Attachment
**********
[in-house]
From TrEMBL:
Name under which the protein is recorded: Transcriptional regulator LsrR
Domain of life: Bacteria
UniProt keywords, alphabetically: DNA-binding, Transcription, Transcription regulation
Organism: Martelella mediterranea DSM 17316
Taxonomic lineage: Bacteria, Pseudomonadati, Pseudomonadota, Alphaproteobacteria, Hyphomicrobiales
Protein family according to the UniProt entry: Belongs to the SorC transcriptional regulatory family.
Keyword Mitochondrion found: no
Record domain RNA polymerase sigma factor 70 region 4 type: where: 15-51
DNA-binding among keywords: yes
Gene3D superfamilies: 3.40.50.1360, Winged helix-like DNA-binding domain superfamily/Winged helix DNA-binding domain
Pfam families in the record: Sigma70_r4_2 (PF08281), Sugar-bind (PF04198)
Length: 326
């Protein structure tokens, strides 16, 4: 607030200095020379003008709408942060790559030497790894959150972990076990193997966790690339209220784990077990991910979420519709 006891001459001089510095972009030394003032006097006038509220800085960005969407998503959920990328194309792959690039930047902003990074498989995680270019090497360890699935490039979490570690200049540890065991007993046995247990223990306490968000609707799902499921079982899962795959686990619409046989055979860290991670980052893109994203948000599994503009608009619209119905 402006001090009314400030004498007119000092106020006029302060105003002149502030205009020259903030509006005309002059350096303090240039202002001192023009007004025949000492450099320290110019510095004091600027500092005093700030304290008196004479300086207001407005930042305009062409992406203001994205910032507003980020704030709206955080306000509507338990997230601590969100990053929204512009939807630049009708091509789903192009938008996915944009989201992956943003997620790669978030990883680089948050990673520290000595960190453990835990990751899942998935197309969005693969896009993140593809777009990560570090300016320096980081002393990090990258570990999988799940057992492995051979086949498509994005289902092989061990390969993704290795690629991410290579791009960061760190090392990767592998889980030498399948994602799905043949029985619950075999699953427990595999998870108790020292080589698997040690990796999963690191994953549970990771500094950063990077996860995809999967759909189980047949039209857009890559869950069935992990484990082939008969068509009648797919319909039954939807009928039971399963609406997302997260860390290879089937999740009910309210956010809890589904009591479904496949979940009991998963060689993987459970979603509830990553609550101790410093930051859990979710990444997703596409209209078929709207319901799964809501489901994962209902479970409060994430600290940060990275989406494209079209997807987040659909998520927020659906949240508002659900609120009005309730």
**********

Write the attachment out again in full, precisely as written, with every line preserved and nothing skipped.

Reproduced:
[in-house]
From TrEMBL:
Name under which the protein is recorded: Transcriptional regulator LsrR
Domain of life: Bacteria
UniProt keywords, alphabetically: DNA-binding, Transcription, Transcription regulation
Organism: Martelella mediterranea DSM 17316
Taxonomic lineage: Bacteria, Pseudomonadati, Pseudomonadota, Alphaproteobacteria, Hyphomicrobiales
Protein family according to the UniProt entry: Belongs to the SorC transcriptional regulatory family.
Keyword Mitochondrion found: no
Record domain RNA polymerase sigma factor 70 region 4 type: where: 15-51
DNA-binding among keywords: yes
Gene3D superfamilies: 3.40.50.1360, Winged helix-like DNA-binding domain superfamily/Winged helix DNA-binding domain
Pfam families in the record: Sigma70_r4_2 (PF08281), Sugar-bind (PF04198)
Length: 326
């Protein structure tokens, strides 16, 4: 607030200095020379003008709408942060790559030497790894959150972990076990193997966790690339209220784990077990991910979420519709 006891001459001089510095972009030394003032006097006038509220800085960005969407998503959920990328194309792959690039930047902003990074498989995680270019090497360890699935490039979490570690200049540890065991007993046995247990223990306490968000609707799902499921079982899962795959686990619409046989055979860290991670980052893109994203948000599994503009608009619209119905 402006001090009314400030004498007119000092106020006029302060105003002149502030205009020259903030509006005309002059350096303090240039202002001192023009007004025949000492450099320290110019510095004091600027500092005093700030304290008196004479300086207001407005930042305009062409992406203001994205910032507003980020704030709206955080306000509507338990997230601590969100990053929204512009939807630049009708091509789903192009938008996915944009989201992956943003997620790669978030990883680089948050990673520290000595960190453990835990990751899942998935197309969005693969896009993140593809777009990560570090300016320096980081002393990090990258570990999988799940057992492995051979086949498509994005289902092989061990390969993704290795690629991410290579791009960061760190090392990767592998889980030498399948994602799905043949029985619950075999699953427990595999998870108790020292080589698997040690990796999963690191994953549970990771500094950063990077996860995809999967759909189980047949039209857009890559869950069935992990484990082939008969068509009648797919319909039954939807009928039971399963609406997302997260860390290879089937999740009910309210956010809890589904009591479904496949979940009991998963060689993987459970979603509830990553609550101790410093930051859990979710990444997703596409209209078929709207319901799964809501489901994962209902479970409060994430600290940060990275989406494209079209997807987040659909998520927020659906949240508002659900609120009005309730």